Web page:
Measures to place the UK at the forefront of technology for new forms of transport including autonomous vehicles have been set out in the Queen’s Speech this morning.
Government will take forward a Modern Transport Bill that aims to cut red tape and put in place a framework to encourage innovation in transport technology. The Bill aims to encourage potential investors in autonomous vehicles to come forward and to ensure appropriate insurance is available to support the use of autonomous and driverless vehicles.
Another Bill outlined in the Queen’s Speech is a Neighbourhood Planning & Infrastructure Bill, which will support Government’s ambition to built a million new homes, protect the Green Belt see the National Infrastructure Commission established on a statutory basis.
And a Bus Services Bill in England will give elected mayors and local transport authorities further powers to improve bus services. Passengers across the country are promised real time information about timetables and fares, with data being made available to allow app developers to give passengers better bus journey information.
Intel Security's director of Government relations Gordon Morrison said: “Today’s announcements around driverless cars, as part of the Modern Transport Bill, are clear examples of where the Government is actively pursuing cutting edge technologies that will not only support our economy, but also position the UK as a global leader in transport technology. However it is crucial that in its pursuit of innovation the Government doesn’t neglect the security essentials which will guarantee not only the success of these new technologies, but also the safety of its users.”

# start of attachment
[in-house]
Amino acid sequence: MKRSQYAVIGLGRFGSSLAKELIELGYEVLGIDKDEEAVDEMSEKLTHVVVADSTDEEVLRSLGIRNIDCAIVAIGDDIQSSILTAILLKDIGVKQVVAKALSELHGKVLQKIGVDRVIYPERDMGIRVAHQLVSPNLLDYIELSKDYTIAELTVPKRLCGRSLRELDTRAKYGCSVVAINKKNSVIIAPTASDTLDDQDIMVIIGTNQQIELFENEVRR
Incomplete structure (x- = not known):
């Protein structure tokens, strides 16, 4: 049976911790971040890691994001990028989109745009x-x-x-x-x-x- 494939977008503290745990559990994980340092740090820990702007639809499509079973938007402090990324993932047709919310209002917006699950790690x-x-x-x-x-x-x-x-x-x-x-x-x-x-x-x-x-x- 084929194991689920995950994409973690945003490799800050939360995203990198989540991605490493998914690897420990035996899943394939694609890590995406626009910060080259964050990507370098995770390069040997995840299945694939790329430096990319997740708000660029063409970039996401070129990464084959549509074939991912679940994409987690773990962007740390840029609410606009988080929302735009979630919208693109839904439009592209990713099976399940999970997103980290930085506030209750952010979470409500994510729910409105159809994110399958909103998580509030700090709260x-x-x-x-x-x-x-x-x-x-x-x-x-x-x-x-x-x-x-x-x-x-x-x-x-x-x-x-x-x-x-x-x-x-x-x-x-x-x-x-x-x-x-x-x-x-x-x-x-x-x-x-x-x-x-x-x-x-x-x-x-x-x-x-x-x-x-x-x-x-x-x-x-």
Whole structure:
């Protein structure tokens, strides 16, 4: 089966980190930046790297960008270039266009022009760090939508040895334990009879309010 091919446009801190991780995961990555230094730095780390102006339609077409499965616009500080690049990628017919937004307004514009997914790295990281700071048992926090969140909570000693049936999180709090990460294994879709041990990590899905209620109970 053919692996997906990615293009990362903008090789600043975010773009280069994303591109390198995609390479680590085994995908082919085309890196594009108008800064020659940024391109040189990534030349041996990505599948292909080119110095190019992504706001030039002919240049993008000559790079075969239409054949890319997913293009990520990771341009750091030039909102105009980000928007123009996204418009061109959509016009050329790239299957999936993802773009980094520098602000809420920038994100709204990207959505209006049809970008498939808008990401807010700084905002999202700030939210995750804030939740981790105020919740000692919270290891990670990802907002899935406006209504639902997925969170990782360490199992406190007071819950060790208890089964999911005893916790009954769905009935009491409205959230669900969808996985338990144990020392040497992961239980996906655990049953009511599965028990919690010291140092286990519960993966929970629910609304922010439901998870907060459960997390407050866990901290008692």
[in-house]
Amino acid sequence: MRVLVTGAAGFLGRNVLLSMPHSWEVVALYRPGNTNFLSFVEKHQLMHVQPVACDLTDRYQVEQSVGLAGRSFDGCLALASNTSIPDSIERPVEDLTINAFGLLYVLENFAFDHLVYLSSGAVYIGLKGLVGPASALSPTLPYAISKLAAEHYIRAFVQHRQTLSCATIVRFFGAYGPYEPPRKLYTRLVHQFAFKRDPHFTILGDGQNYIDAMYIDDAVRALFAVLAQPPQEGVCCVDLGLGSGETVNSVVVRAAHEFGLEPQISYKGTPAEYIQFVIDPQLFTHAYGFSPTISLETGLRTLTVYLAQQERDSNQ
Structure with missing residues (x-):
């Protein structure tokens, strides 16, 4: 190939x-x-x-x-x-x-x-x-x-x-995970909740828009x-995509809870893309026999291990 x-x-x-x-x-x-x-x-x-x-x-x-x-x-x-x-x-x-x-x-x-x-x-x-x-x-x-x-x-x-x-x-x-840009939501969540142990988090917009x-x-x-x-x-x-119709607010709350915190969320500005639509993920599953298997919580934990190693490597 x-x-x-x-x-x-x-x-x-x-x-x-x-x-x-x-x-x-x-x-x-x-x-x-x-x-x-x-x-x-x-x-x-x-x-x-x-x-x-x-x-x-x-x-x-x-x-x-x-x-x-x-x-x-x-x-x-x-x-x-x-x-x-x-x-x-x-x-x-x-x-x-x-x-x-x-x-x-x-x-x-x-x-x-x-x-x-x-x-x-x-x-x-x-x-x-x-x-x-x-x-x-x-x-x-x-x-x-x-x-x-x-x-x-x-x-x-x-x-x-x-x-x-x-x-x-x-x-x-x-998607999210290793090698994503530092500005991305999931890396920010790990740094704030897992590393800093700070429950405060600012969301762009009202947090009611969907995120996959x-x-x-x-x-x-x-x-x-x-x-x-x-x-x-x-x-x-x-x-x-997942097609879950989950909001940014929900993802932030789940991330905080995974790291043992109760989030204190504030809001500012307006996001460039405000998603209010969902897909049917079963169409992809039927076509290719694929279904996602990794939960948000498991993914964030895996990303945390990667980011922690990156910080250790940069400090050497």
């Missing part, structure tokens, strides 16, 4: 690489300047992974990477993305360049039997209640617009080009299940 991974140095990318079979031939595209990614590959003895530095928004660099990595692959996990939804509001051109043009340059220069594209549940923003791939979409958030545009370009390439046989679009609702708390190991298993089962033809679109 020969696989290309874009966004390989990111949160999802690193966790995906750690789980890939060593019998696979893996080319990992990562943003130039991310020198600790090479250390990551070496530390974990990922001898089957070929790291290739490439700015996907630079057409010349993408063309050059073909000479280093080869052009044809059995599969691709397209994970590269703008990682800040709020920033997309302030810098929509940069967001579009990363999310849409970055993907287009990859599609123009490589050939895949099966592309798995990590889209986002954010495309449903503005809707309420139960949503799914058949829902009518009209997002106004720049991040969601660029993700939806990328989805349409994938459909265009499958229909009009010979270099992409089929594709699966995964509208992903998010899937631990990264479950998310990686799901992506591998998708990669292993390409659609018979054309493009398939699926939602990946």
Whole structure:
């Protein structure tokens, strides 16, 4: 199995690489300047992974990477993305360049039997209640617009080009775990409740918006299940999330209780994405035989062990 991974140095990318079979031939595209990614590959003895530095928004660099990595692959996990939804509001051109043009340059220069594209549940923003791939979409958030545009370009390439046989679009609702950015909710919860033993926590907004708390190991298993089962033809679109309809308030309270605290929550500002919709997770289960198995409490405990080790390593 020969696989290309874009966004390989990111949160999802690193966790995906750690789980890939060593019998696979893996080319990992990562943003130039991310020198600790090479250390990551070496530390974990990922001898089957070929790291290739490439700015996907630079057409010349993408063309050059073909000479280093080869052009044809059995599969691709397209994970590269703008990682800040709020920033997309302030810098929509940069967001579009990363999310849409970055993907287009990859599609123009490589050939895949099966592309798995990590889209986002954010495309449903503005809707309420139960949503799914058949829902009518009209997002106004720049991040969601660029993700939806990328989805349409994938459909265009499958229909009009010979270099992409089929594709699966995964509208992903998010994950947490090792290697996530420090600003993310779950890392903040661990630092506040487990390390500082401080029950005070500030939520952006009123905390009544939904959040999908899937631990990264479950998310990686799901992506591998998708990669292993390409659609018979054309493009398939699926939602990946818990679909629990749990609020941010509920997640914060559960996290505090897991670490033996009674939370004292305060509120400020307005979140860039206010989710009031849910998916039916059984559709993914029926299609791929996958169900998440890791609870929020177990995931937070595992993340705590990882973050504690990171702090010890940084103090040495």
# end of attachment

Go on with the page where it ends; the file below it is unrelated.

Law firm Bircham Dyson Bell's partner Angus Walker said of the Neighbourhood Planning & Infrastructure Bill: “The Bill establishing the National Infrastructure Commission will be a test of the Government’s resolve to plan the UK’s long term infrastructure needs and it will be interesting to see the extent to which it retains the final say on the Commission’s work.”
The Campaign for Better Transport welcomed new powers contained in the Buses Bill, but warned that the Government’s new Modern Transport Bill risks focusing on futuristic technology at the expense of everyday transport. “Autonomous vehicles are all well and good, but most people would prefer to see their everyday transport sorted out first,” said its chief executive Stephen Joseph.
Ernst & Young smart transport director Nathan Marsh said the Buses Bill could herald the beginning of a journey to smarter travel and pave the way for cities and regions to reap the benefits of a London style network. "With these new powers devolved to combined authorities and metro Mayors there may also be a greater amount of accountability through locally measured and managed services," he said.
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